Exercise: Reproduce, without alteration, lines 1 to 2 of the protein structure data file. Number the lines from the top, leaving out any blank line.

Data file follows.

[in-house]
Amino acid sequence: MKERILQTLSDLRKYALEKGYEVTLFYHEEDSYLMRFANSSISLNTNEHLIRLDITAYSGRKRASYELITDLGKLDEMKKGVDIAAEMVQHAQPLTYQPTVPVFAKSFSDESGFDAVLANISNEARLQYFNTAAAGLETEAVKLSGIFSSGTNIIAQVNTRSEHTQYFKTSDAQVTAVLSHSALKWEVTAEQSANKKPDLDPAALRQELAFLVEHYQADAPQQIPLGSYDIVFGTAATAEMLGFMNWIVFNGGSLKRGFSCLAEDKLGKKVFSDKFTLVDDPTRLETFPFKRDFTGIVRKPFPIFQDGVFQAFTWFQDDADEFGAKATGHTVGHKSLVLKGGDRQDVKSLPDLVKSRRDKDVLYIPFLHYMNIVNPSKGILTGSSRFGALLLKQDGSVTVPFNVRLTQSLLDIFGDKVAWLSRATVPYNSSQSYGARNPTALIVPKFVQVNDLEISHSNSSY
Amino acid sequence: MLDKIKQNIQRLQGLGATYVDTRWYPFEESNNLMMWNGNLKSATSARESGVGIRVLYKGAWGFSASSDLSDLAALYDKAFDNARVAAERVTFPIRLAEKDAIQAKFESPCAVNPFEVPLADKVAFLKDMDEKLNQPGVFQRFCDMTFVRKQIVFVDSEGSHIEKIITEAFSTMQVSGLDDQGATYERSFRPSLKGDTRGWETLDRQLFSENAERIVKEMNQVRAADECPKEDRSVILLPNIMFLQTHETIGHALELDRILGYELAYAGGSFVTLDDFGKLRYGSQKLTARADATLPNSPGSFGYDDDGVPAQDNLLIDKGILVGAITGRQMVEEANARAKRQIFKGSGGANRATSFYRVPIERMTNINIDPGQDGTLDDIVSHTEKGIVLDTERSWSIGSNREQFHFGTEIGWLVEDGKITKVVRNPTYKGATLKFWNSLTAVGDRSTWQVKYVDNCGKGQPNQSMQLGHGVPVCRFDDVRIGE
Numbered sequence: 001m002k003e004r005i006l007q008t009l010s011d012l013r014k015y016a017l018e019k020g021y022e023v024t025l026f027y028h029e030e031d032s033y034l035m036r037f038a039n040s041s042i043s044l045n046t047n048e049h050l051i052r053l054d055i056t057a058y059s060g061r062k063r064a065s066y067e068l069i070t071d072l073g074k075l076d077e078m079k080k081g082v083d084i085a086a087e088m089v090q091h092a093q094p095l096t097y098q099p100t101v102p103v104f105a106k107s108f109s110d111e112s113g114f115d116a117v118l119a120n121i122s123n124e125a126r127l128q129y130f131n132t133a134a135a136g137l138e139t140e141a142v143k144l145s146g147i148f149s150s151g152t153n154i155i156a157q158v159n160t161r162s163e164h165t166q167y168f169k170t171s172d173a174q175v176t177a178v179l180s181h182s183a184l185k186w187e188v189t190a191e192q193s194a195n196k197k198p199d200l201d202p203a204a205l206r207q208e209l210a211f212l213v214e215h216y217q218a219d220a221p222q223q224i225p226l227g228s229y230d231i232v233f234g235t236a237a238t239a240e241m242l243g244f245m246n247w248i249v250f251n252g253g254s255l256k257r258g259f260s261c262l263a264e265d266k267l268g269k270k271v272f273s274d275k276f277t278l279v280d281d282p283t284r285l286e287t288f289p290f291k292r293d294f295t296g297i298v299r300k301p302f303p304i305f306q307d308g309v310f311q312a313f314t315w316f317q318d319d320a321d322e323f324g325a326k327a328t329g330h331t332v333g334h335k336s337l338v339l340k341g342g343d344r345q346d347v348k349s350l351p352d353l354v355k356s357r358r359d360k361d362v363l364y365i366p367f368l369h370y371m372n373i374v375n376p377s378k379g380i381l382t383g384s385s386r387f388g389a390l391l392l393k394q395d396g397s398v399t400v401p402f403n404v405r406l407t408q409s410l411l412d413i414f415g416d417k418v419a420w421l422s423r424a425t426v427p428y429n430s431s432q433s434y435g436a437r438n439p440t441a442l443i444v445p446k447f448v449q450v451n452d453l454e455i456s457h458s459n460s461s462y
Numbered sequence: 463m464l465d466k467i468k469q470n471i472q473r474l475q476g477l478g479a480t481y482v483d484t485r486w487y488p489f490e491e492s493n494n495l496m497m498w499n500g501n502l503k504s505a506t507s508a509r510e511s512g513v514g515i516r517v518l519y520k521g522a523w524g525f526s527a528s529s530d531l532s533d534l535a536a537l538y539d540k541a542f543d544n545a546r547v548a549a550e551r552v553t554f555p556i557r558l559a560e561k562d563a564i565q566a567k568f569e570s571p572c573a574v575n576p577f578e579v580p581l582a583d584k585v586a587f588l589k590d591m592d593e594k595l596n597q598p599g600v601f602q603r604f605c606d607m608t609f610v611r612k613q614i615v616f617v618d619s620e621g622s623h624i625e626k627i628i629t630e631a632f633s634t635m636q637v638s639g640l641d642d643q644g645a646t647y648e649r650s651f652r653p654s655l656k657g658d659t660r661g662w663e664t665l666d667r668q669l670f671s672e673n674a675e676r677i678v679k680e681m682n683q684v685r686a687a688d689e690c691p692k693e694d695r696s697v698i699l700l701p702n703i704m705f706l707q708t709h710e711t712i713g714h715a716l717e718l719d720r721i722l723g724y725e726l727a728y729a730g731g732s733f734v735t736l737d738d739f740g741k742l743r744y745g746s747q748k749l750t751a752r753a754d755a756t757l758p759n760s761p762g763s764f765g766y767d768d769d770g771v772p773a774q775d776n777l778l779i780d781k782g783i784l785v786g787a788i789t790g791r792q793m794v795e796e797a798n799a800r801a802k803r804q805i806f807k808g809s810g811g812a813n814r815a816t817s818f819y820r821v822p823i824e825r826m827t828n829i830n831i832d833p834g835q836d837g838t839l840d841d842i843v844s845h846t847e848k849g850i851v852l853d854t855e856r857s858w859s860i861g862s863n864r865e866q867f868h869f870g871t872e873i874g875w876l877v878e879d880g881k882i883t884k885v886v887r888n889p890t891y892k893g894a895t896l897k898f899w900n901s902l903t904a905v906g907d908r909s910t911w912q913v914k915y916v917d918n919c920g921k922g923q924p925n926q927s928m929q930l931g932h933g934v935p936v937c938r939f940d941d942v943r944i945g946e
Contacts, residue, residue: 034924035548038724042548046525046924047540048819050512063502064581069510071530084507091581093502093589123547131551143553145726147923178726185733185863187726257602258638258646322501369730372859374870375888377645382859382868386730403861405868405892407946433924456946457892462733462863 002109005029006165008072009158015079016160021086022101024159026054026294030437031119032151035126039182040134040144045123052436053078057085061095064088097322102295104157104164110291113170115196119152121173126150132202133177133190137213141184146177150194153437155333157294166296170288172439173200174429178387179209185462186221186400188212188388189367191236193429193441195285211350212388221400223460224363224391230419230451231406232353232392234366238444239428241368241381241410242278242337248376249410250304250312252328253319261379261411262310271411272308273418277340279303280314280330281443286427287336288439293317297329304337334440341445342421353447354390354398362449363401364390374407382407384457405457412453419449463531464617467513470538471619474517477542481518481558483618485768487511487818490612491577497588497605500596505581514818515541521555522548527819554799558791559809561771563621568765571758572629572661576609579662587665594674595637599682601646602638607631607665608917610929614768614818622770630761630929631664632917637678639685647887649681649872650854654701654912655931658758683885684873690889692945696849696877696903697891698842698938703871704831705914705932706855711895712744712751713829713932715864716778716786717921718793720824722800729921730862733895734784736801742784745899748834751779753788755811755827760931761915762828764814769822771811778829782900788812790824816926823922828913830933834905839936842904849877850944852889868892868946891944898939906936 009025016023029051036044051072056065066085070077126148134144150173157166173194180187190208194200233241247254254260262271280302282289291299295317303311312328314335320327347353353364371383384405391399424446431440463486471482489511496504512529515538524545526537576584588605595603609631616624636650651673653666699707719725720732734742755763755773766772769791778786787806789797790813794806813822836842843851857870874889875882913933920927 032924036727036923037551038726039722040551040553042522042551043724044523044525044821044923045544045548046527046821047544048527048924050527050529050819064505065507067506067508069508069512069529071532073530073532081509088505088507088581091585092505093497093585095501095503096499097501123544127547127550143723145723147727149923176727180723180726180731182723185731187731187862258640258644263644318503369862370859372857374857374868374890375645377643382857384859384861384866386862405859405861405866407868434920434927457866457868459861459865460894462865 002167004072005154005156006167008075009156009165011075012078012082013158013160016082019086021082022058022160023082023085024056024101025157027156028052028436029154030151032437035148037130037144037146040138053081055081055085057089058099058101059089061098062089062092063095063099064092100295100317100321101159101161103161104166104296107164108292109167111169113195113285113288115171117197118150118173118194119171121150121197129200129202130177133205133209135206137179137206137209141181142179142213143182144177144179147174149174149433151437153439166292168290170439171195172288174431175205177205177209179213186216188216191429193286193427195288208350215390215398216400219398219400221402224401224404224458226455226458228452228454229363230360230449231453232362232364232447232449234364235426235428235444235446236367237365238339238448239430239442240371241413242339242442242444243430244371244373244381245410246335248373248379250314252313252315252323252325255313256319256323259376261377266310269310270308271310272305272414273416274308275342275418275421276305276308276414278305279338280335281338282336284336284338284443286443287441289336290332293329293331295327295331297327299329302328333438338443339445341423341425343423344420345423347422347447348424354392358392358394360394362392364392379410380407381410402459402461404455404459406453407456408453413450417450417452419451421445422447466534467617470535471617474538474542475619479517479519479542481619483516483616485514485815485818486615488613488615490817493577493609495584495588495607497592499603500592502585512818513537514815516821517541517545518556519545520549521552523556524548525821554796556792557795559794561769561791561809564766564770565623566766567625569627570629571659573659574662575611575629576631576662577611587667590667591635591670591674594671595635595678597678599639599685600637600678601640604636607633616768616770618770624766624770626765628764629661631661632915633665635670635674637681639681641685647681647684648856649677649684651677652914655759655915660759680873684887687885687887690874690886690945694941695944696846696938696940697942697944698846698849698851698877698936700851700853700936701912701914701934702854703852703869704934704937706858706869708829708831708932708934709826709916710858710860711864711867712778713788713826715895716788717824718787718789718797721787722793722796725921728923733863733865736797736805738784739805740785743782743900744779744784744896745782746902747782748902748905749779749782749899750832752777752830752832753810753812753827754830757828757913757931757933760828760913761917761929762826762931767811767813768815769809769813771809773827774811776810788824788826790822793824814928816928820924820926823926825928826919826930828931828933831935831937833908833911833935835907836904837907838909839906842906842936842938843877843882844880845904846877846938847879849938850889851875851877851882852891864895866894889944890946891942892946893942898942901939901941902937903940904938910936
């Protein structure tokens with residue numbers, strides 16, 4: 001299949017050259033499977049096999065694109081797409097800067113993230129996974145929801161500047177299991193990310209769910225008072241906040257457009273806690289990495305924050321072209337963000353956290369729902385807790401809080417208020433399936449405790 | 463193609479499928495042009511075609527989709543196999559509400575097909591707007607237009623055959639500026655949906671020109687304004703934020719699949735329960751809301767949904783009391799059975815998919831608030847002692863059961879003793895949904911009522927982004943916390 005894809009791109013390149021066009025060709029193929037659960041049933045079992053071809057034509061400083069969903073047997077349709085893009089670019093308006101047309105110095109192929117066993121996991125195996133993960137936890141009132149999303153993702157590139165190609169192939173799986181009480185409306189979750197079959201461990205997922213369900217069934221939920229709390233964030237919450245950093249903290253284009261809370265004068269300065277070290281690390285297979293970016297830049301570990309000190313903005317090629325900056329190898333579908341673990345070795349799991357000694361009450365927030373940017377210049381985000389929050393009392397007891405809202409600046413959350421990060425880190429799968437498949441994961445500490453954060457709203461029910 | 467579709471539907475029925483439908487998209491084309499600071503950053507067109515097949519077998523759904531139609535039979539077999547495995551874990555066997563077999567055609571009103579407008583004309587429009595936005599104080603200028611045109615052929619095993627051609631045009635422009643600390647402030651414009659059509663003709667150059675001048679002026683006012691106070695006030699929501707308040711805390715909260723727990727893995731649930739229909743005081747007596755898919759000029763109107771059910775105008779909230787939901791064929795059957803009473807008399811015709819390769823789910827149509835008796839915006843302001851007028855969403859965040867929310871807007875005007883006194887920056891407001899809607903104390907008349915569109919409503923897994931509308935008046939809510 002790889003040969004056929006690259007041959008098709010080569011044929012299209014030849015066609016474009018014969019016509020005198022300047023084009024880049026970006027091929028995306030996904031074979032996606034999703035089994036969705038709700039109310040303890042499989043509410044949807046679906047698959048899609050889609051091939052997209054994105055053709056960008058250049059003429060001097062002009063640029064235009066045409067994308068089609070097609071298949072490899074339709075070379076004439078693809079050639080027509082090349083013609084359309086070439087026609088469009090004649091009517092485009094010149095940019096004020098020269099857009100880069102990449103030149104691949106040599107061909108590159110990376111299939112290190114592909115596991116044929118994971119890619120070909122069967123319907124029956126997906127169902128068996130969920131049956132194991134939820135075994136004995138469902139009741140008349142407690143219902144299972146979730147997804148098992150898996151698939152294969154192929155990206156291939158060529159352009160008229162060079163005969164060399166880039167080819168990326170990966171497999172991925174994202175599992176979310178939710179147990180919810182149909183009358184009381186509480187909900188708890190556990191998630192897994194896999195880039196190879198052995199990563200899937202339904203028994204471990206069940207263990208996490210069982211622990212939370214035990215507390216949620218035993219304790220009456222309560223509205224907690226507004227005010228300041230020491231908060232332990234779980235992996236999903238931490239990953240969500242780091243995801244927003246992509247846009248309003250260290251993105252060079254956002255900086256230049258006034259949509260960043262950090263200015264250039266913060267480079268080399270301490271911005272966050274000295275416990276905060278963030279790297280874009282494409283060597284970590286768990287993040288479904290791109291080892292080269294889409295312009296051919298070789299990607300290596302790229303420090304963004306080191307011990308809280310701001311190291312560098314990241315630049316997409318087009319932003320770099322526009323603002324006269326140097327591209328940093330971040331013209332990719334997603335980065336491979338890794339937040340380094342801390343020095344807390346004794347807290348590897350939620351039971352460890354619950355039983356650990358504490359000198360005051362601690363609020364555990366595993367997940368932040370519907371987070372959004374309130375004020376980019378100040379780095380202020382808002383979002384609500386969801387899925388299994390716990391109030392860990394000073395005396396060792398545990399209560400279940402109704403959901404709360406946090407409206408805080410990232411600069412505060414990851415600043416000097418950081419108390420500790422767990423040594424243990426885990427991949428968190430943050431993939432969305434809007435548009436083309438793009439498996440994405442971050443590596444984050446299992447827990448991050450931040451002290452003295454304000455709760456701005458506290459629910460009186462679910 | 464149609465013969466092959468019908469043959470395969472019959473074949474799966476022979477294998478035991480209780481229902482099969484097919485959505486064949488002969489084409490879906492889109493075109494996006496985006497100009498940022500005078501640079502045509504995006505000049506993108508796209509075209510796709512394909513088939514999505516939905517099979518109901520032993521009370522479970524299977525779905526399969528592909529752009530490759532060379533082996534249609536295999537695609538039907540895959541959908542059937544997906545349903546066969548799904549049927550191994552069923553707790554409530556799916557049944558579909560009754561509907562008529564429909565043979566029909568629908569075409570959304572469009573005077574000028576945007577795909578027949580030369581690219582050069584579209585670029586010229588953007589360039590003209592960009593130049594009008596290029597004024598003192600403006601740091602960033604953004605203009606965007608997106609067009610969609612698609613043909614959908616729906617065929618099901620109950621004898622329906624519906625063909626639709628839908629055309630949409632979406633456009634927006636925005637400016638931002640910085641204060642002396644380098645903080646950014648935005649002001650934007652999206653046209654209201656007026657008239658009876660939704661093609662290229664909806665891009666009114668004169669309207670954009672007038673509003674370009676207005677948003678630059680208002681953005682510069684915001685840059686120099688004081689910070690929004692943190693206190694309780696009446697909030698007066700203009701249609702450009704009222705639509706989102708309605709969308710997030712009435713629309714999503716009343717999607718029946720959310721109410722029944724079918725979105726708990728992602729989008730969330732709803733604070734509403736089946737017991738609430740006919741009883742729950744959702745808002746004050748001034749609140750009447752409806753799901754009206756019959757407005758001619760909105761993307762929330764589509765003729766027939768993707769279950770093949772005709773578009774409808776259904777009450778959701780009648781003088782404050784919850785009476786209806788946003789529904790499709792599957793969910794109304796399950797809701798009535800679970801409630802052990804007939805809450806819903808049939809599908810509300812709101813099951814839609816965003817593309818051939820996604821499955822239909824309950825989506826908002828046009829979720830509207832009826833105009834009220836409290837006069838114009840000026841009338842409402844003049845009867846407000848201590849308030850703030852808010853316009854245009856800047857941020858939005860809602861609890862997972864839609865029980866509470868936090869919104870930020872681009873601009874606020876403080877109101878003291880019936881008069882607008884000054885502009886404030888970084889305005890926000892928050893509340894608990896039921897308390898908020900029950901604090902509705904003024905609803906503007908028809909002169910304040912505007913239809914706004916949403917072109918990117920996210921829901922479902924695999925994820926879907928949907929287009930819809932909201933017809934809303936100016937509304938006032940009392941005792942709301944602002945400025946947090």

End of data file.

[in-house]
Amino acid sequence: MKERILQTLSDLRKYALEKGYEVTLFYHEEDSYLMRFANSSISLNTNEHLIRLDITAYSGRKRASYELITDLGKLDEMKKGVDIAAEMVQHAQPLTYQPTVPVFAKSFSDESGFDAVLANISNEARLQYFNTAAAGLETEAVKLSGIFSSGTNIIAQVNTRSEHTQYFKTSDAQVTAVLSHSALKWEVTAEQSANKKPDLDPAALRQELAFLVEHYQADAPQQIPLGSYDIVFGTAATAEMLGFMNWIVFNGGSLKRGFSCLAEDKLGKKVFSDKFTLVDDPTRLETFPFKRDFTGIVRKPFPIFQDGVFQAFTWFQDDADEFGAKATGHTVGHKSLVLKGGDRQDVKSLPDLVKSRRDKDVLYIPFLHYMNIVNPSKGILTGSSRFGALLLKQDGSVTVPFNVRLTQSLLDIFGDKVAWLSRATVPYNSSQSYGARNPTALIVPKFVQVNDLEISHSNSSY